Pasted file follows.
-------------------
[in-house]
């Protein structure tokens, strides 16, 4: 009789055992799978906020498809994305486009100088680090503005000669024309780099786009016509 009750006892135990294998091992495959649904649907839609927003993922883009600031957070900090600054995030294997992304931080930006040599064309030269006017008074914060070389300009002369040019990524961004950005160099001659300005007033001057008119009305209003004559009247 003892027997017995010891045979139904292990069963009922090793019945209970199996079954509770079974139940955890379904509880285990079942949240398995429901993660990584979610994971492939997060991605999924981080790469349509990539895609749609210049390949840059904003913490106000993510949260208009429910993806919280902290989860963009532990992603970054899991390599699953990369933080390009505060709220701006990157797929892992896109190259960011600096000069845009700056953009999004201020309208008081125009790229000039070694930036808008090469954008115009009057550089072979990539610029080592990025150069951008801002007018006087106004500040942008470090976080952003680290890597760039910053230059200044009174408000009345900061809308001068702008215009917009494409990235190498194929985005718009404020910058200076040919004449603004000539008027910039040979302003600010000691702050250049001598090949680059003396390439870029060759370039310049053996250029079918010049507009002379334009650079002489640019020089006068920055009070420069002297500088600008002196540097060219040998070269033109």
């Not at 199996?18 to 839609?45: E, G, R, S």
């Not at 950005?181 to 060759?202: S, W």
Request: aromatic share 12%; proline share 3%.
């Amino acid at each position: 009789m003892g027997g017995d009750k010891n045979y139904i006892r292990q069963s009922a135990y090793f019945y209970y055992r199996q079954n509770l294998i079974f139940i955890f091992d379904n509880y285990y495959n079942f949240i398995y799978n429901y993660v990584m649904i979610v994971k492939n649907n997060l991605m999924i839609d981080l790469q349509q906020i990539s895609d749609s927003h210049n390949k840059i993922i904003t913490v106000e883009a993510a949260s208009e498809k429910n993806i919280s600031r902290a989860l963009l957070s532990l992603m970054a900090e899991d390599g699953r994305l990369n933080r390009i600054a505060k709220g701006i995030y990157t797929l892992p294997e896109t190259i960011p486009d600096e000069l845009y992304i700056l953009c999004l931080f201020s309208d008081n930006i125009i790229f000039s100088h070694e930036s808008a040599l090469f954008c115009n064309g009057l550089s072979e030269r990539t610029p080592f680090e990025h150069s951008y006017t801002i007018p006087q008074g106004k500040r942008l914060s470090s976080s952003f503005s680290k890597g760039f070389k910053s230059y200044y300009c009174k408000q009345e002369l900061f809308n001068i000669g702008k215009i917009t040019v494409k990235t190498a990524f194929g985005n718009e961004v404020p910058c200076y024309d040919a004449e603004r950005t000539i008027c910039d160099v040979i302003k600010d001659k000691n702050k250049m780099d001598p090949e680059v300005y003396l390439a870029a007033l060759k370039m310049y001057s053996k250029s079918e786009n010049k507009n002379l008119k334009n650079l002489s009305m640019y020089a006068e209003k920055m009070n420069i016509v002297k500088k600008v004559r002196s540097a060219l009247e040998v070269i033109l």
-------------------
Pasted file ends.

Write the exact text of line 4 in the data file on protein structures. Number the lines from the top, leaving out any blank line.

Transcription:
């Not at 950005?181 to 060759?202: S, W």